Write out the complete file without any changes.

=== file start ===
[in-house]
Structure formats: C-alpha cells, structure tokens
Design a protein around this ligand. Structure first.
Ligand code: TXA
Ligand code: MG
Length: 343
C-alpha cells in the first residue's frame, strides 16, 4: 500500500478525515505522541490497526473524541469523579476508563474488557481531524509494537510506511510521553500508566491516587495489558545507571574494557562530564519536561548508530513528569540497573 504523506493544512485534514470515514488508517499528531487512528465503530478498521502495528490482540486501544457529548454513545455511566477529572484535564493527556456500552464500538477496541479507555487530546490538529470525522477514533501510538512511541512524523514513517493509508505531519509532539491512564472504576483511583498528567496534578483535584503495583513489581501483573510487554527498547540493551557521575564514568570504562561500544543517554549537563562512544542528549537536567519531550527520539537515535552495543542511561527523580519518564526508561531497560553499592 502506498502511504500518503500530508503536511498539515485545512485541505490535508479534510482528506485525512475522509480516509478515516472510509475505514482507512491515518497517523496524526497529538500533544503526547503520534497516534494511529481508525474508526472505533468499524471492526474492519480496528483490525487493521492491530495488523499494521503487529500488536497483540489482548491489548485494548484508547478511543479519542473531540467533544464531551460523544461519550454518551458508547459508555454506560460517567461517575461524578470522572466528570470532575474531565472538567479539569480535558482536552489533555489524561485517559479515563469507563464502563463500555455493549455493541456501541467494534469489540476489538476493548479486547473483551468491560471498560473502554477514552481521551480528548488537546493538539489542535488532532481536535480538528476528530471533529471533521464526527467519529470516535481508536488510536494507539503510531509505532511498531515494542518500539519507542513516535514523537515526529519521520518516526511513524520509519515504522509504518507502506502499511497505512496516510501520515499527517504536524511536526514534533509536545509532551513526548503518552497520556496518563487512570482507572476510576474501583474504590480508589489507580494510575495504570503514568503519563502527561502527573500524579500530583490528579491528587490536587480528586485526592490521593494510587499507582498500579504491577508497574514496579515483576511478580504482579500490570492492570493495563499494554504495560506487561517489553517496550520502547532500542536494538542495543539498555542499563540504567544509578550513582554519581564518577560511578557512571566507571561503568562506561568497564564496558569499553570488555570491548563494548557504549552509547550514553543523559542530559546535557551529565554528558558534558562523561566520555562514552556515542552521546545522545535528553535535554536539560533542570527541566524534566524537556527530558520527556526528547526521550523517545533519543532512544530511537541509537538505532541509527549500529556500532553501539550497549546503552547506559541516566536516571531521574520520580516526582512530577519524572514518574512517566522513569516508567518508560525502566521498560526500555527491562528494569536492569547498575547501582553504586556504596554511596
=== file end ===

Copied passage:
[in-house]
Structure formats: C-alpha cells, structure tokens
Design a protein around this ligand. Structure first.
Ligand code: TXA
Ligand code: MG
Length: 343
C-alpha cells in the first residue's frame, strides 16, 4: 500500500478525515505522541490497526473524541469523579476508563474488557481531524509494537510506511510521553500508566491516587495489558545507571574494557562530564519536561548508530513528569540497573 504523506493544512485534514470515514488508517499528531487512528465503530478498521502495528490482540486501544457529548454513545455511566477529572484535564493527556456500552464500538477496541479507555487530546490538529470525522477514533501510538512511541512524523514513517493509508505531519509532539491512564472504576483511583498528567496534578483535584503495583513489581501483573510487554527498547540493551557521575564514568570504562561500544543517554549537563562512544542528549537536567519531550527520539537515535552495543542511561527523580519518564526508561531497560553499592 502506498502511504500518503500530508503536511498539515485545512485541505490535508479534510482528506485525512475522509480516509478515516472510509475505514482507512491515518497517523496524526497529538500533544503526547503520534497516534494511529481508525474508526472505533468499524471492526474492519480496528483490525487493521492491530495488523499494521503487529500488536497483540489482548491489548485494548484508547478511543479519542473531540467533544464531551460523544461519550454518551458508547459508555454506560460517567461517575461524578470522572466528570470532575474531565472538567479539569480535558482536552489533555489524561485517559479515563469507563464502563463500555455493549455493541456501541467494534469489540476489538476493548479486547473483551468491560471498560473502554477514552481521551480528548488537546493538539489542535488532532481536535480538528476528530471533529471533521464526527467519529470516535481508536488510536494507539503510531509505532511498531515494542518500539519507542513516535514523537515526529519521520518516526511513524520509519515504522509504518507502506502499511497505512496516510501520515499527517504536524511536526514534533509536545509532551513526548503518552497520556496518563487512570482507572476510576474501583474504590480508589489507580494510575495504570503514568503519563502527561502527573500524579500530583490528579491528587490536587480528586485526592490521593494510587499507582498500579504491577508497574514496579515483576511478580504482579500490570492492570493495563499494554504495560506487561517489553517496550520502547532500542536494538542495543539498555542499563540504567544509578550513582554519581564518577560511578557512571566507571561503568562506561568497564564496558569499553570488555570491548563494548557504549552509547550514553543523559542530559546535557551529565554528558558534558562523561566520555562514552556515542552521546545522545535528553535535554536539560533542570527541566524534566524537556527530558520527556526528547526521550523517545533519543532512544530511537541509537538505532541509527549500529556500532553501539550497549546503552547506559541516566536516571531521574520520580516526582512530577519524572514518574512517566522513569516508567518508560525502566521498560526500555527491562528494569536492569547498575547501582553504586556504596554511596